Clinical Dietetics

Fibers and cardiology

Par Nicolas Aubineau - 4 minutes de lecture
fibers and cardiology

Fibers are plant substances that are not digested (or only partially) by human beings. They are found in vegetables (fresh and dried), fruits (fresh and dried), grains, and cereal products (the more whole they are, the less refined, the higher their fiber content!). In clinical dietetics, fibers have a real impact on certain pathologies.

What is the purpose of dietary fibers?

They form a mesh system or a gel system, regarding the type of fibre and they regulate many cardiovascular factors like overweight (and obesity) through its satiation effect, diabetes, the dyslipidemia (cholesterol, triglycerides), the gallstone risk… Scientists and their studies showed one again:

  • Soluble fibres (pectin) forming a gel when there is water, act into the regulation of the cholesterol and sugar absorption : they are mostly contained in fruits, vegetables, pulses, oat…
  • Insoluble fibres (cellulose, hemicellulose, lignin) are found in the whole cereals, the skin of edible fruits and vegetables. These fibres inflate by absorbing water up to 20 times their weight, enhancing the regulation of the intestinal transit.

Thank you industrial revolution

The food processing industry allowed the French to have « ready to use/eat » dishes with a minimum of effort (no cooking needed). It gained such an importance that we wonder today if some people really need to sit down at a table and use a fork and a knife to feed themselves! A « microwave, an oven and a pair of hands » to bring the food to the mouth : I refer, obviously, to the varied and diverse « junk food », always coming with its additives responsible of most of the current diseases. The larger the offer, the more people think they add variety to their alimentation whereas all of those meals are refined, nutritionally empty and polluted by created and/or chemically modified molecules (modified starch, hydrogenated fat, sweetener, colorant….)!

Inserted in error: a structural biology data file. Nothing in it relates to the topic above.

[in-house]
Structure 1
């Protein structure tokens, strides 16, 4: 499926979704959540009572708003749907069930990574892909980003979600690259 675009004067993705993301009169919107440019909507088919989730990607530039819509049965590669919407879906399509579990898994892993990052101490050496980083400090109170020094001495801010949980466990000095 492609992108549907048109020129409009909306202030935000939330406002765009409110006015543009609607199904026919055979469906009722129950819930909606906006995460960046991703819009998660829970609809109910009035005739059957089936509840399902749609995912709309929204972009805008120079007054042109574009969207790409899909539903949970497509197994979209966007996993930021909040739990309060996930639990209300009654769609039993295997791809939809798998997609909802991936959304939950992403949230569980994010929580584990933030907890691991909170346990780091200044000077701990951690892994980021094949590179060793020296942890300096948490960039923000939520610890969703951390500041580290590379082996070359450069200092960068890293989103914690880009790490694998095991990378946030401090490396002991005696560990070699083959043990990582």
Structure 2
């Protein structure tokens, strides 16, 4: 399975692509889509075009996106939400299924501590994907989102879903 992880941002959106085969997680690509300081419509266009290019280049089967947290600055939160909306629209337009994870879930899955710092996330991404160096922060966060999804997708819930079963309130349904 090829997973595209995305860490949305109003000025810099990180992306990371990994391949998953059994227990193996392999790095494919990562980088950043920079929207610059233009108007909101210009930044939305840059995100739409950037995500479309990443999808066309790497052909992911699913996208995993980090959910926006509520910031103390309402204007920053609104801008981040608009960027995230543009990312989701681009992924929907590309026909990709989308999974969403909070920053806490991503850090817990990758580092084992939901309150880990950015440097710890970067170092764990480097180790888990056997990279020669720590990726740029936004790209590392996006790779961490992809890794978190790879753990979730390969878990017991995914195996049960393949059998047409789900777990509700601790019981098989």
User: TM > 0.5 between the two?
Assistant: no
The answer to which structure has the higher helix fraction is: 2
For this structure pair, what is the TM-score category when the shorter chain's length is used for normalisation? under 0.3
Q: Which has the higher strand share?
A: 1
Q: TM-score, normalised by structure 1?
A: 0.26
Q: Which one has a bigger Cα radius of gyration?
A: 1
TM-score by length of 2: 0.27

Fibred, important part of your health and intestinal flora!

The French only eat half of what is recommended per day (25 to 30g), which represents 15g of fibres. Regarding the catchphrase « 5 fruits and vegetables per day », it’s good but not enough because it refers to the quantity and not the quality. A tomato, half an onion, 3 leaves of salad, a kiwi and an apple in the day do not reach the needed amount of fibres.

Moreover, fibres have a prebiotic effect when they stimulate selectively the growth and/or the activity of intestinal flora good bacteria (called probiotics). They generally participate into the good health of our body.

Traditional cooking and basic food!

It’s very important to cook by yourself raw, natural, not industrially modified food, following simple cooking techniques (stewed, oven baked, papillotte….). Choose pulses (beans, split peas, coral or green lenses, red beans, black beans…) 1 to 2 times/week as a side for your main dishes, hot, cold, in a soup, a purée… Create, play with the aromatics (onion, garlic, shallots…), the spices (curry, curcuma, ginger…), be creative!

Brown rice, wild rice are allies of your intestinal balance, as much as the tumbleweed, corn, oat, kamut and spelt (the latter are wheat seeds unmodified regarding regular wheat)… Use these cereals as a side to your meat and fish. Their nutritional wealth is great and, if eaten every day with seasonal fruits and vegetables, they allow you to cover eventual lacks of vitamins, minerals and trace elements

My recommendations for a correct supply of fibres are simple, minimum per day:

  • 400g of fresh vegetables (when cooked, the water evaporates, the volume decreases, but the fibres stay!)
  • 150 to 200g of bread, made from whole or semi whole flour (but not white), which represents ¾ of a baguette
  • portion of whole cooked cerealds (200 to 300g)
  • 2 fruits from 150g to 200g (like an apple or an orange…)


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